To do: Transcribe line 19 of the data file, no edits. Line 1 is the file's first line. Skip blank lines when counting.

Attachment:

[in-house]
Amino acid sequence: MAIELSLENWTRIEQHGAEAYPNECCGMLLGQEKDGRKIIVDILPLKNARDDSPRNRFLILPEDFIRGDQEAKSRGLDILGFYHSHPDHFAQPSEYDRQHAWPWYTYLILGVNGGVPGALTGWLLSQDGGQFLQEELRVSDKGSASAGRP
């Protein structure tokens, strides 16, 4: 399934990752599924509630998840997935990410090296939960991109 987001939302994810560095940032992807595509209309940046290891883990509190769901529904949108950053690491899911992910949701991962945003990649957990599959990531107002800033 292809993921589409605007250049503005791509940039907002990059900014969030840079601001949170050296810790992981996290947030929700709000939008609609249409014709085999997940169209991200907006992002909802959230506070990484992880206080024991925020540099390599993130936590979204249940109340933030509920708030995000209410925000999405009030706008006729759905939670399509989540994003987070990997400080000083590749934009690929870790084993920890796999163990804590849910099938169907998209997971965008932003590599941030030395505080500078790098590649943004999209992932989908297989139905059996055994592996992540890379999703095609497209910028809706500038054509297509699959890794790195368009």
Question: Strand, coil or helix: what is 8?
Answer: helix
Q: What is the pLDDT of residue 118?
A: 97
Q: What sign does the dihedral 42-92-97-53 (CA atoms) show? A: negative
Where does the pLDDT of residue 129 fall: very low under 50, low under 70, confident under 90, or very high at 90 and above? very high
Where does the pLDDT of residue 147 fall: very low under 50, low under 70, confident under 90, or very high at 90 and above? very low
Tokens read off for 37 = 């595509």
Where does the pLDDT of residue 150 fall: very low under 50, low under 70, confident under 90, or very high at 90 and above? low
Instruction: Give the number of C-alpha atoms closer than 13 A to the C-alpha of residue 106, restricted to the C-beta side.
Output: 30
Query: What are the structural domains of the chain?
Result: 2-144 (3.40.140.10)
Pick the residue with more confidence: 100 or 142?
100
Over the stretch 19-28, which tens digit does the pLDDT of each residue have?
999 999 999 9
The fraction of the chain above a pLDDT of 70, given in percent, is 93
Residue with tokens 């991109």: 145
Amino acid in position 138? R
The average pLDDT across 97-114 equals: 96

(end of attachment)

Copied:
Over the stretch 19-28, which tens digit does the pLDDT of each residue have?